North Plays Matchmaker in Connecting Students, Colleges
Seniors at North High School have been prepping for life after graduation the last two days at the school’s annual College Kickoff event. It’s held in the library and is coordinated by Counselor Kimber Foshe who arranged for 38 colleges and universities from around Iowa and the Midwest to send admissions representatives and kept them busy by prearranging appointments with the Polar Bear Class of 2014. Call her The Matchmaker.
Every senior writes an essay and compiles a resume for presentation to the reps of their choice. They’ve all seen their transcripts long before senior year. It’s all part of Foshe’s strategy to teach students to begin seeing themselves the way they’ll be seen by people and institutions with the power to open or close doors to future possibilities.
“Educating them about the realities of the college application process helps them see the purpose and value of coming to school every day,” said Foshe. “People who know them personally might do anything they ask, but we stress from their freshman year here that colleges will be introduced to them by what they see on paper so those documents need to recommend them.”
Two seniors whose outlooks have changed dramatically during their years at North are Stasha Botts and Ronnisha Hayes.
“When we first came here North was being remodeled and it was messy,” Stasha said. “But it’s beautiful now and the laptops we got a couple years ago made it possible for me to accelerate my progress. I’m graduating early in December.”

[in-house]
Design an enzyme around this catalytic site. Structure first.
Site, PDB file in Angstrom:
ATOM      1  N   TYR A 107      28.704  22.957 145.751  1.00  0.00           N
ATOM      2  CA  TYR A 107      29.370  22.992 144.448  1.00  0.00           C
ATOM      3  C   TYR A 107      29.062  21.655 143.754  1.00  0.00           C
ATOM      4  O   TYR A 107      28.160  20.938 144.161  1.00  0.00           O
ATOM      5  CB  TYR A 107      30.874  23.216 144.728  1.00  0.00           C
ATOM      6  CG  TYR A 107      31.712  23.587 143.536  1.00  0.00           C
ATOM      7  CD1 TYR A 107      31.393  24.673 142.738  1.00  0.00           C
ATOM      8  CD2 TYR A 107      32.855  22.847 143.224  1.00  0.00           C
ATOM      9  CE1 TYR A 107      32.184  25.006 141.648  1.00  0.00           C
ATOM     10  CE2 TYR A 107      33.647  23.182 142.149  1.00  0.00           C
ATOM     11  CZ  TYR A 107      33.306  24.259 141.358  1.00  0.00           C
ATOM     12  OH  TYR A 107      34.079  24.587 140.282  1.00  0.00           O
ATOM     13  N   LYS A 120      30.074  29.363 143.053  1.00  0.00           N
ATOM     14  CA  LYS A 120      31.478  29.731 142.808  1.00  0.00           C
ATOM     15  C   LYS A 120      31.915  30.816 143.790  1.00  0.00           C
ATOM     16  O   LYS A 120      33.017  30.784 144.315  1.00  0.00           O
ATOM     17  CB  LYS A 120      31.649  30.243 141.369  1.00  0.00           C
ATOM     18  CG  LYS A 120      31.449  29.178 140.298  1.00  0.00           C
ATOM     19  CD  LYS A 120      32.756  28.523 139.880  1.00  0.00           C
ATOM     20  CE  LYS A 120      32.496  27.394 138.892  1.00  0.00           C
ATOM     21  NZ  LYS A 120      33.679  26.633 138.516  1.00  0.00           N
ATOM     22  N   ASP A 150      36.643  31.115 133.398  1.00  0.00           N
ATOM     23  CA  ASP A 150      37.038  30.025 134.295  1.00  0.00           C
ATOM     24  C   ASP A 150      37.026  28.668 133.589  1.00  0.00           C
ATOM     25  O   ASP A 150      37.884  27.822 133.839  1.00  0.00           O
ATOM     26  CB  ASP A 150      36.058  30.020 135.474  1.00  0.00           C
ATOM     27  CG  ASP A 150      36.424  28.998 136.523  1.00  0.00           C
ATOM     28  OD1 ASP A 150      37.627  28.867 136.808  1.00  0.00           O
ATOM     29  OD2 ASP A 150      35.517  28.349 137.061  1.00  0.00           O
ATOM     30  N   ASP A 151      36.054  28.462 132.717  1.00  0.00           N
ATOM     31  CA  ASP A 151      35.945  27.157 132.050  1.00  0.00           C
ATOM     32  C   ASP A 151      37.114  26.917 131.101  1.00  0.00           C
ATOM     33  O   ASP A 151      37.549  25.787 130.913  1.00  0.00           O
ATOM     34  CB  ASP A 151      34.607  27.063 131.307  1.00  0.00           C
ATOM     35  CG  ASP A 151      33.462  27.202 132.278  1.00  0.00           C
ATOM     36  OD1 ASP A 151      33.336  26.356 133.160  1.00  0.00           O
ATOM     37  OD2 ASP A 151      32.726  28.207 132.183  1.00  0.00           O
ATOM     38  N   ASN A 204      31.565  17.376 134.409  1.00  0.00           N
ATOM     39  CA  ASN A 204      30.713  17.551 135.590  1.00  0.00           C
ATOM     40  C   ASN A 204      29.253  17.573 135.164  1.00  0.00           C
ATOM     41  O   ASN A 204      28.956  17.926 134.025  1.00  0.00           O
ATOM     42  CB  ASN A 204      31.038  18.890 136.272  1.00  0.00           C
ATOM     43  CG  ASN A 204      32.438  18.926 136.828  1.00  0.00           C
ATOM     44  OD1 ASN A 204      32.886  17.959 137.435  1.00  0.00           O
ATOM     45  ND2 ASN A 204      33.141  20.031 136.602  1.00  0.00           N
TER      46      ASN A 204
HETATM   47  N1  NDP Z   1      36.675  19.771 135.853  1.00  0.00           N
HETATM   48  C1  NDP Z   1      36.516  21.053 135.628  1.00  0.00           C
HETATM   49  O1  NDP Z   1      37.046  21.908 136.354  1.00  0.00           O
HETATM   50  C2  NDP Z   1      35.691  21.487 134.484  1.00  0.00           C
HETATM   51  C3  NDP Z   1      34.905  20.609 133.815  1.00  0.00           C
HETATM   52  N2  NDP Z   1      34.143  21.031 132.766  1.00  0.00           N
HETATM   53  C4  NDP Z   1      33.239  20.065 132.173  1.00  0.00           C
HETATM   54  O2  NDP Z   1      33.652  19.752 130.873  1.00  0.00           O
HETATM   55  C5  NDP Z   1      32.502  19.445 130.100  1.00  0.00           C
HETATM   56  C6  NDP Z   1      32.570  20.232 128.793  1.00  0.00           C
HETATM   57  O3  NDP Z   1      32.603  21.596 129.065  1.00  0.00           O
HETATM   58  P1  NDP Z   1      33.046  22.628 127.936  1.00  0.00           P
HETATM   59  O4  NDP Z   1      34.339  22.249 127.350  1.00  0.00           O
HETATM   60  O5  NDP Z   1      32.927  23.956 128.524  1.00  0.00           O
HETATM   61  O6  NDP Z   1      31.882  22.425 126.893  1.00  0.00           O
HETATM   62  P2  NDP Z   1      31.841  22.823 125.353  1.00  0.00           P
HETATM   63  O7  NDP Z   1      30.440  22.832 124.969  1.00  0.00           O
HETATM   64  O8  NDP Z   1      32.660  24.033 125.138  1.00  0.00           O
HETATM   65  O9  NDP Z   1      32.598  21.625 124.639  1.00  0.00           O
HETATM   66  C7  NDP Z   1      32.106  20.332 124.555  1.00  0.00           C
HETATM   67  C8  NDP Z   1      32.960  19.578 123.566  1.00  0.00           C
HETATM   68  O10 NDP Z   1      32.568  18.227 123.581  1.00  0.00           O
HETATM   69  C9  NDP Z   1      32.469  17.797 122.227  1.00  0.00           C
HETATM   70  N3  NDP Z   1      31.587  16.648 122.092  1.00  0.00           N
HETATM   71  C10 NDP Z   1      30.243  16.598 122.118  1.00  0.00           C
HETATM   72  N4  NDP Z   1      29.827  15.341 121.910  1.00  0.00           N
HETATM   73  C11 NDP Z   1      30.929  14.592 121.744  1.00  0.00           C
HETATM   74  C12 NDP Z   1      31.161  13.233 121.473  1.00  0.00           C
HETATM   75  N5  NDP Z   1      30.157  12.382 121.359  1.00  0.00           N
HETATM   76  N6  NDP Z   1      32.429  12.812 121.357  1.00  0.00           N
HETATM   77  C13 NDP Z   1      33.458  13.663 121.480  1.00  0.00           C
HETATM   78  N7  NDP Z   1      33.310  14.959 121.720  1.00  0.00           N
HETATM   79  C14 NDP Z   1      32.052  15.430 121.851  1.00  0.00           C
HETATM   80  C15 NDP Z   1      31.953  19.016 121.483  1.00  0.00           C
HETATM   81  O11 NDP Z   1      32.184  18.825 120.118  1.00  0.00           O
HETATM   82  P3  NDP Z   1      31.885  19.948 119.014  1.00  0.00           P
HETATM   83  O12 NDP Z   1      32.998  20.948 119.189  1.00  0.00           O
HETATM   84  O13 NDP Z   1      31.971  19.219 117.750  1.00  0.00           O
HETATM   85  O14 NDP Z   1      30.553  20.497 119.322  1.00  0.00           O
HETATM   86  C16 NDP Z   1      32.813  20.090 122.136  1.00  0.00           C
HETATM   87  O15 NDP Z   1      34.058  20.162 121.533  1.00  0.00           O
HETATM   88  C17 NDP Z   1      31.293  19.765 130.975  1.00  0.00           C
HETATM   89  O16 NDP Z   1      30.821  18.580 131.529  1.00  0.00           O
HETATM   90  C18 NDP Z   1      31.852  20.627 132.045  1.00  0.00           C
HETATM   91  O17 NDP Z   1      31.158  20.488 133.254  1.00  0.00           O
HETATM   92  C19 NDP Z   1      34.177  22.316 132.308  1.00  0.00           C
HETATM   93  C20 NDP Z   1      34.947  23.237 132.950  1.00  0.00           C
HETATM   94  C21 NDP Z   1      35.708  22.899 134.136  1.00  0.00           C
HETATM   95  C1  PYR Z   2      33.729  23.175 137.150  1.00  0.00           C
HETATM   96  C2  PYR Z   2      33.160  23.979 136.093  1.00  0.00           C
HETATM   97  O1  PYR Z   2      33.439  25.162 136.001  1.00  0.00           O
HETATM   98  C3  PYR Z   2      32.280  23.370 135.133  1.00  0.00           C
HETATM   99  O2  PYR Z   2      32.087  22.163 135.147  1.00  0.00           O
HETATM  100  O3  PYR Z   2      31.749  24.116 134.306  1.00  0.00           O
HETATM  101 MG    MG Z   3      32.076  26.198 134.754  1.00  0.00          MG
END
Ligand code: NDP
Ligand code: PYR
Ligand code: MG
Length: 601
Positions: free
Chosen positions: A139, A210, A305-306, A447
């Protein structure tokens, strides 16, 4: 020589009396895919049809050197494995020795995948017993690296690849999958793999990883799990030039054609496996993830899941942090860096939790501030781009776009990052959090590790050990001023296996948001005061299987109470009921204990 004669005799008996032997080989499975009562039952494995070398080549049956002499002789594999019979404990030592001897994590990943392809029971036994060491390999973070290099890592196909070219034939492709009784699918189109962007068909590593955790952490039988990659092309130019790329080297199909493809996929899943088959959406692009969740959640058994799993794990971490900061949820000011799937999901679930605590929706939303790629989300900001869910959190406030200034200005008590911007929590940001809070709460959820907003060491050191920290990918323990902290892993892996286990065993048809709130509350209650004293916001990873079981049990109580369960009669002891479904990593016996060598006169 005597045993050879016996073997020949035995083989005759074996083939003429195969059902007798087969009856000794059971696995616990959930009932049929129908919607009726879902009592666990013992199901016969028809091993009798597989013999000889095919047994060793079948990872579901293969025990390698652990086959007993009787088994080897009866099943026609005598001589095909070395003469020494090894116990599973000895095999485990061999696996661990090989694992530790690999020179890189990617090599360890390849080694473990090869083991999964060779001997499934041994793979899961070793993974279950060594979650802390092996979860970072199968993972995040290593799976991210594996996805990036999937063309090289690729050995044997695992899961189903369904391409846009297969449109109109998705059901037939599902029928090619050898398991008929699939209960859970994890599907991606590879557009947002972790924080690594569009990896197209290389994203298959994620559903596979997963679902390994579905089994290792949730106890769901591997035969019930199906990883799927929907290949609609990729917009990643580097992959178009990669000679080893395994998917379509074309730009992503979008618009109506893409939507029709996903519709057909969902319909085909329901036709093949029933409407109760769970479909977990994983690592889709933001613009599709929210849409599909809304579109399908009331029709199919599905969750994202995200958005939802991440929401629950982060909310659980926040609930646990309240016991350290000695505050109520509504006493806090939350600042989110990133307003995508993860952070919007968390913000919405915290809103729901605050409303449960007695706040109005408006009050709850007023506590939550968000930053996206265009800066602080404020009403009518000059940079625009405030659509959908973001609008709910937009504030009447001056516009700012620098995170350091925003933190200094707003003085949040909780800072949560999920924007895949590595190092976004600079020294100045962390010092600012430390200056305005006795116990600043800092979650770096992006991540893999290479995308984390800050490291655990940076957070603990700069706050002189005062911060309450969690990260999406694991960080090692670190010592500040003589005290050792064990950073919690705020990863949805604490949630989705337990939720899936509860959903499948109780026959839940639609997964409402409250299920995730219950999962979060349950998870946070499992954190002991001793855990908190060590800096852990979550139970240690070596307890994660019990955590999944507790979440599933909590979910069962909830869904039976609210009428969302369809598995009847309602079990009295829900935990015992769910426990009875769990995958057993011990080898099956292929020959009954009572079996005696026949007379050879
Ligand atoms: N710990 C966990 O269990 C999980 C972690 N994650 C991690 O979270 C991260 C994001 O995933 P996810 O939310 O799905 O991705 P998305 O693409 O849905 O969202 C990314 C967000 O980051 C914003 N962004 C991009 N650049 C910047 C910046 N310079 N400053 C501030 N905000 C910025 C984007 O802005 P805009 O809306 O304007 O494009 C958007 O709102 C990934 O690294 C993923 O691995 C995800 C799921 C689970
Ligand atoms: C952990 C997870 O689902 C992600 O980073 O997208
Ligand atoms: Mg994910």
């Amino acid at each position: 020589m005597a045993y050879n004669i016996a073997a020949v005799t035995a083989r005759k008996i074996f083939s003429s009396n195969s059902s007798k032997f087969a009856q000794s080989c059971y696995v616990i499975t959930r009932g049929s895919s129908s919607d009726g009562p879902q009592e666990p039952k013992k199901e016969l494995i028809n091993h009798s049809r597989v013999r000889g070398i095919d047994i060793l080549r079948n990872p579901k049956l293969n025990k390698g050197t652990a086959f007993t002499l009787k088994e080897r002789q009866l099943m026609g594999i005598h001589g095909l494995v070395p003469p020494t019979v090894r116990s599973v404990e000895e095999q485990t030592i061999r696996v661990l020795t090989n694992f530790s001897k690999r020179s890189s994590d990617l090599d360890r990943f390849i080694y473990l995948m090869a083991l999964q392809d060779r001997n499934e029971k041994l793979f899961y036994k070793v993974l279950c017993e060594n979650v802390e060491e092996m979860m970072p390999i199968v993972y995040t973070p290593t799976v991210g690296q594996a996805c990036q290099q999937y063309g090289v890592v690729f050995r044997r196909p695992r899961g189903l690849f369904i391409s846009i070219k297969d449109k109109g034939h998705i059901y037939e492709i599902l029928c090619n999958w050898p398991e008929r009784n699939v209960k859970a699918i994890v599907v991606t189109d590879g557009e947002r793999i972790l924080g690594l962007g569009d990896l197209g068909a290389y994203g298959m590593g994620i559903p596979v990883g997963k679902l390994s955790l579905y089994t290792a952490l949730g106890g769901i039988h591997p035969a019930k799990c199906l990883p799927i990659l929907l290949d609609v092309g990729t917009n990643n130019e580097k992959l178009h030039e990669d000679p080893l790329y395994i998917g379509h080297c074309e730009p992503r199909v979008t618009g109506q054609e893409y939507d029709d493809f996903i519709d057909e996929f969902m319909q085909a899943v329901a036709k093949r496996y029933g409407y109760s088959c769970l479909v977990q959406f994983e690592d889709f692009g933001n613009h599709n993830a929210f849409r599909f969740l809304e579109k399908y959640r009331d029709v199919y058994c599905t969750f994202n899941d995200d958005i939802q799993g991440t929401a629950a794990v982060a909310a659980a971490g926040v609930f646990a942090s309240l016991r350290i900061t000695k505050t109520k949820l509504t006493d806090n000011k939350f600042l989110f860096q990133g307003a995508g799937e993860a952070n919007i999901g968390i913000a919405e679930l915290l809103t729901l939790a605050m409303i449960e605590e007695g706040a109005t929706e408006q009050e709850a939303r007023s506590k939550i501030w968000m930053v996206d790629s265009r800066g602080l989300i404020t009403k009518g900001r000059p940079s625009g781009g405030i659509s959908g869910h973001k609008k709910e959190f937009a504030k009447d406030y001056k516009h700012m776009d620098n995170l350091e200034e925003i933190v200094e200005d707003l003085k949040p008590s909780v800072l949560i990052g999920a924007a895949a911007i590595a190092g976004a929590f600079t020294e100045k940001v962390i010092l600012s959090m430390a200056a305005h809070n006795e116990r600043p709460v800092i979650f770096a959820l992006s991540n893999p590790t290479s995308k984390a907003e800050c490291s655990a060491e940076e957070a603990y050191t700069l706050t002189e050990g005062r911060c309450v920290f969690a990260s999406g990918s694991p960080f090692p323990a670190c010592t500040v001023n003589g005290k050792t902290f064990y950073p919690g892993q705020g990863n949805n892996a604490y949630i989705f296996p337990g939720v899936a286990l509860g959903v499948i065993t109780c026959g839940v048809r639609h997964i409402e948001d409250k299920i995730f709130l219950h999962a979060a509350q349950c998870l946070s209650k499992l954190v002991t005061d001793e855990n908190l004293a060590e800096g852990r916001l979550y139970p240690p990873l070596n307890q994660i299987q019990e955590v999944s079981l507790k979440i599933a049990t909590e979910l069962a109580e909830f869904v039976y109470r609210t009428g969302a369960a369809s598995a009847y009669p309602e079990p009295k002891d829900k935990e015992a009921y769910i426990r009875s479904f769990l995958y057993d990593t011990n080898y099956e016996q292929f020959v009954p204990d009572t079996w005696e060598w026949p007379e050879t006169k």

She wants to go into nursing and hopes eventually to land at Georgia Tech in Atlanta, never mind the Iowa State gear she was sporting yesterday.
Ronnisha recalled that she never wanted to attend North as she came through its elementary and middle school feeder pattern.
“I wanted to go to Roosevelt,” she said. “But I am so glad to be here now. I didn’t really figure college was gonna be the thing for me, but now it absolutely must be!” Looking very college-bound in her Kansas University sweatshirt, Ronnisha was waiting to talk with Iowa State and the University of Northern Iowa. She was so intrigued by her AP Psychology class at North that she’s thinking she’d like to become a psychologist now.
“It’s not unusual for high schools to have some sort of college fair,” according to Cole Zimmerman, Director of Recruitment at Simpson College in Indianola, (but) “North is the only one in this area with such a hands on approach. It’s really helpful to have the students sign up for a specific time to meet with you. I had a different student every 15 minutes all morning and most of the other colleges did as well. The other excellent thing they do is have volunteers and teachers helping students sign up for the ACT and fill out applications online. North really has its act together with this event.”
Foshe’s matchmaking is high stakes. There are futures on the line. But these are hardly blind dates she’s arranged. By the time prospective schools and students meet face to face enough homework’s been done to feel pretty certain that many of them are made for each other. No wonder the dancing in the library the last couple of days went so smoothly – even without any music.